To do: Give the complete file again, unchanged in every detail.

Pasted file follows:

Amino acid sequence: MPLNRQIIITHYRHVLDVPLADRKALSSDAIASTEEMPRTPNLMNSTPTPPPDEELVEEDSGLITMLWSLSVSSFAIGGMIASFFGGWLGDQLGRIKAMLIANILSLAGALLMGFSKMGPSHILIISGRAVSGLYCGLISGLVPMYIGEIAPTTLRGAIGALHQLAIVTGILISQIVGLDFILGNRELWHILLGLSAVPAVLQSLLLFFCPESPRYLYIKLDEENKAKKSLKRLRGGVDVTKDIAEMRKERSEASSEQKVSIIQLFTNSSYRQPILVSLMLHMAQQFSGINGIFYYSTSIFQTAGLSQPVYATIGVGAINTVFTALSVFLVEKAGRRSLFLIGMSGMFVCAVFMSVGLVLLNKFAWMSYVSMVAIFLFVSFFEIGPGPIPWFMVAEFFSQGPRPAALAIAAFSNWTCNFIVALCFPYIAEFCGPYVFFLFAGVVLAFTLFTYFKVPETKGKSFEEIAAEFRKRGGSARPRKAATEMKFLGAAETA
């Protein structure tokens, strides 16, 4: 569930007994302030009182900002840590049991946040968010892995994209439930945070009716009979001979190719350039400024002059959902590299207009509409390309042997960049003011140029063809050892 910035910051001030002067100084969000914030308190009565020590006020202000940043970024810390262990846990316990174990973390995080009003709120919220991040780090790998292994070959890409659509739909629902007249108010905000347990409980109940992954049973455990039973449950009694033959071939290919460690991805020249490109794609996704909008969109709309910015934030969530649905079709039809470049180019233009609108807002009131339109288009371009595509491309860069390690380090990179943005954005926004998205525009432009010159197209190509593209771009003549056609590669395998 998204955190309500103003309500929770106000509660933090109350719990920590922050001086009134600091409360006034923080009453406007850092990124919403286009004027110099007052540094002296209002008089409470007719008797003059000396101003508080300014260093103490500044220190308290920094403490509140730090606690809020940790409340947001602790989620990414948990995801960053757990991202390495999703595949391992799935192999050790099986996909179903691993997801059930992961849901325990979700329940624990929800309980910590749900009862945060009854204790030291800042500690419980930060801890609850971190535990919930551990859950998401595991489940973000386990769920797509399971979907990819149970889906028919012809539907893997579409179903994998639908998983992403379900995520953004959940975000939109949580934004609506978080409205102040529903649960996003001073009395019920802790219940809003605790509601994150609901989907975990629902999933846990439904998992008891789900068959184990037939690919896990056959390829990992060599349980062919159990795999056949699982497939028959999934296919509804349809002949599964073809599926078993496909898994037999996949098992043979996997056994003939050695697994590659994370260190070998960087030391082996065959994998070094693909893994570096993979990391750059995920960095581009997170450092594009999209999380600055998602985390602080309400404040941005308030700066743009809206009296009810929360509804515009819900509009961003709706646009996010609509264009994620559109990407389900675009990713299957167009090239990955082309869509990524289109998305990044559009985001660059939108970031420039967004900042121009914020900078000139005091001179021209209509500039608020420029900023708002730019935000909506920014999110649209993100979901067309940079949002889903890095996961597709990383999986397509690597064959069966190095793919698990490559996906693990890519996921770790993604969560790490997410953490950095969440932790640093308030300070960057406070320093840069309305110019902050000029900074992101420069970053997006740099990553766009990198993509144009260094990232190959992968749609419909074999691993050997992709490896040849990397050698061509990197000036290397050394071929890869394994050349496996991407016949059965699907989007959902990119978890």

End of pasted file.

Amino acid sequence: MPLNRQIIITHYRHVLDVPLADRKALSSDAIASTEEMPRTPNLMNSTPTPPPDEELVEEDSGLITMLWSLSVSSFAIGGMIASFFGGWLGDQLGRIKAMLIANILSLAGALLMGFSKMGPSHILIISGRAVSGLYCGLISGLVPMYIGEIAPTTLRGAIGALHQLAIVTGILISQIVGLDFILGNRELWHILLGLSAVPAVLQSLLLFFCPESPRYLYIKLDEENKAKKSLKRLRGGVDVTKDIAEMRKERSEASSEQKVSIIQLFTNSSYRQPILVSLMLHMAQQFSGINGIFYYSTSIFQTAGLSQPVYATIGVGAINTVFTALSVFLVEKAGRRSLFLIGMSGMFVCAVFMSVGLVLLNKFAWMSYVSMVAIFLFVSFFEIGPGPIPWFMVAEFFSQGPRPAALAIAAFSNWTCNFIVALCFPYIAEFCGPYVFFLFAGVVLAFTLFTYFKVPETKGKSFEEIAAEFRKRGGSARPRKAATEMKFLGAAETA
């Protein structure tokens, strides 16, 4: 569930007994302030009182900002840590049991946040968010892995994209439930945070009716009979001979190719350039400024002059959902590299207009509409390309042997960049003011140029063809050892 910035910051001030002067100084969000914030308190009565020590006020202000940043970024810390262990846990316990174990973390995080009003709120919220991040780090790998292994070959890409659509739909629902007249108010905000347990409980109940992954049973455990039973449950009694033959071939290919460690991805020249490109794609996704909008969109709309910015934030969530649905079709039809470049180019233009609108807002009131339109288009371009595509491309860069390690380090990179943005954005926004998205525009432009010159197209190509593209771009003549056609590669395998 998204955190309500103003309500929770106000509660933090109350719990920590922050001086009134600091409360006034923080009453406007850092990124919403286009004027110099007052540094002296209002008089409470007719008797003059000396101003508080300014260093103490500044220190308290920094403490509140730090606690809020940790409340947001602790989620990414948990995801960053757990991202390495999703595949391992799935192999050790099986996909179903691993997801059930992961849901325990979700329940624990929800309980910590749900009862945060009854204790030291800042500690419980930060801890609850971190535990919930551990859950998401595991489940973000386990769920797509399971979907990819149970889906028919012809539907893997579409179903994998639908998983992403379900995520953004959940975000939109949580934004609506978080409205102040529903649960996003001073009395019920802790219940809003605790509601994150609901989907975990629902999933846990439904998992008891789900068959184990037939690919896990056959390829990992060599349980062919159990795999056949699982497939028959999934296919509804349809002949599964073809599926078993496909898994037999996949098992043979996997056994003939050695697994590659994370260190070998960087030391082996065959994998070094693909893994570096993979990391750059995920960095581009997170450092594009999209999380600055998602985390602080309400404040941005308030700066743009809206009296009810929360509804515009819900509009961003709706646009996010609509264009994620559109990407389900675009990713299957167009090239990955082309869509990524289109998305990044559009985001660059939108970031420039967004900042121009914020900078000139005091001179021209209509500039608020420029900023708002730019935000909506920014999110649209993100979901067309940079949002889903890095996961597709990383999986397509690597064959069966190095793919698990490559996906693990890519996921770790993604969560790490997410953490950095969440932790640093308030300070960057406070320093840069309305110019902050000029900074992101420069970053997006740099990553766009990198993509144009260094990232190959992968749609419909074999691993050997992709490896040849990397050698061509990197000036290397050394071929890869394994050349496996991407016949059965699907989007959902990119978890």